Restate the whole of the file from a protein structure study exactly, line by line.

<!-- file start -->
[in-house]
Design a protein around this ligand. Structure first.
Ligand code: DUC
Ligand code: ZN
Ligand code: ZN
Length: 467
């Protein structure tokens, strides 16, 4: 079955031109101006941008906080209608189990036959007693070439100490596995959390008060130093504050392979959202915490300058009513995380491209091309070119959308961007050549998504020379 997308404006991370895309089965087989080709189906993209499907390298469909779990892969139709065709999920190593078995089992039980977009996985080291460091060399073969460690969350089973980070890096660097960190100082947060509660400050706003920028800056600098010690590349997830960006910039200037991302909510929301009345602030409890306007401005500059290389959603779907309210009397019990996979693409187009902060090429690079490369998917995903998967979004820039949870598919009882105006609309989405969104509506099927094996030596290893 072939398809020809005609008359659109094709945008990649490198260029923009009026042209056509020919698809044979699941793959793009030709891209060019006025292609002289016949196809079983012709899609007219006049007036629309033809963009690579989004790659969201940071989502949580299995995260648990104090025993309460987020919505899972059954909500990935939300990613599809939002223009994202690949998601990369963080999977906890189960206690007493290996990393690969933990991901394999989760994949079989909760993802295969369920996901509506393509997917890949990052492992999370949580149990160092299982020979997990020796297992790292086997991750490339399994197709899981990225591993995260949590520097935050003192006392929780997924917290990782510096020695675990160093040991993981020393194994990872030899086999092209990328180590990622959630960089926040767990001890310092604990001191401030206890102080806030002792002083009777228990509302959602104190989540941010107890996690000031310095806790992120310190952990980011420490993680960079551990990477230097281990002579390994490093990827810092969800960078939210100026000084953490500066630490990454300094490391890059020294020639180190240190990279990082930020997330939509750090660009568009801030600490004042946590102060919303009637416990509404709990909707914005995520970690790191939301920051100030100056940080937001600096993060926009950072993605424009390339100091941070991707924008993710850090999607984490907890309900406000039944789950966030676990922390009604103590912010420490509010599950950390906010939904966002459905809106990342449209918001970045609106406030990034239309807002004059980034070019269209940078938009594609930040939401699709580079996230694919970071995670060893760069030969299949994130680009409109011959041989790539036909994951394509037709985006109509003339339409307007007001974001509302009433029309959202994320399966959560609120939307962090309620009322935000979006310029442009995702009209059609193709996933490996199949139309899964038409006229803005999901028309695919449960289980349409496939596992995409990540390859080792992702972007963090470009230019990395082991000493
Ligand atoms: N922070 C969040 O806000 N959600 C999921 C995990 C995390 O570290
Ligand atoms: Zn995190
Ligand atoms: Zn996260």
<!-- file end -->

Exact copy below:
[in-house]
Design a protein around this ligand. Structure first.
Ligand code: DUC
Ligand code: ZN
Ligand code: ZN
Length: 467
């Protein structure tokens, strides 16, 4: 079955031109101006941008906080209608189990036959007693070439100490596995959390008060130093504050392979959202915490300058009513995380491209091309070119959308961007050549998504020379 997308404006991370895309089965087989080709189906993209499907390298469909779990892969139709065709999920190593078995089992039980977009996985080291460091060399073969460690969350089973980070890096660097960190100082947060509660400050706003920028800056600098010690590349997830960006910039200037991302909510929301009345602030409890306007401005500059290389959603779907309210009397019990996979693409187009902060090429690079490369998917995903998967979004820039949870598919009882105006609309989405969104509506099927094996030596290893 072939398809020809005609008359659109094709945008990649490198260029923009009026042209056509020919698809044979699941793959793009030709891209060019006025292609002289016949196809079983012709899609007219006049007036629309033809963009690579989004790659969201940071989502949580299995995260648990104090025993309460987020919505899972059954909500990935939300990613599809939002223009994202690949998601990369963080999977906890189960206690007493290996990393690969933990991901394999989760994949079989909760993802295969369920996901509506393509997917890949990052492992999370949580149990160092299982020979997990020796297992790292086997991750490339399994197709899981990225591993995260949590520097935050003192006392929780997924917290990782510096020695675990160093040991993981020393194994990872030899086999092209990328180590990622959630960089926040767990001890310092604990001191401030206890102080806030002792002083009777228990509302959602104190989540941010107890996690000031310095806790992120310190952990980011420490993680960079551990990477230097281990002579390994490093990827810092969800960078939210100026000084953490500066630490990454300094490391890059020294020639180190240190990279990082930020997330939509750090660009568009801030600490004042946590102060919303009637416990509404709990909707914005995520970690790191939301920051100030100056940080937001600096993060926009950072993605424009390339100091941070991707924008993710850090999607984490907890309900406000039944789950966030676990922390009604103590912010420490509010599950950390906010939904966002459905809106990342449209918001970045609106406030990034239309807002004059980034070019269209940078938009594609930040939401699709580079996230694919970071995670060893760069030969299949994130680009409109011959041989790539036909994951394509037709985006109509003339339409307007007001974001509302009433029309959202994320399966959560609120939307962090309620009322935000979006310029442009995702009209059609193709996933490996199949139309899964038409006229803005999901028309695919449960289980349409496939596992995409990540390859080792992702972007963090470009230019990395082991000493
Ligand atoms: N922070 C969040 O806000 N959600 C999921 C995990 C995390 O570290
Ligand atoms: Zn995190
Ligand atoms: Zn996260």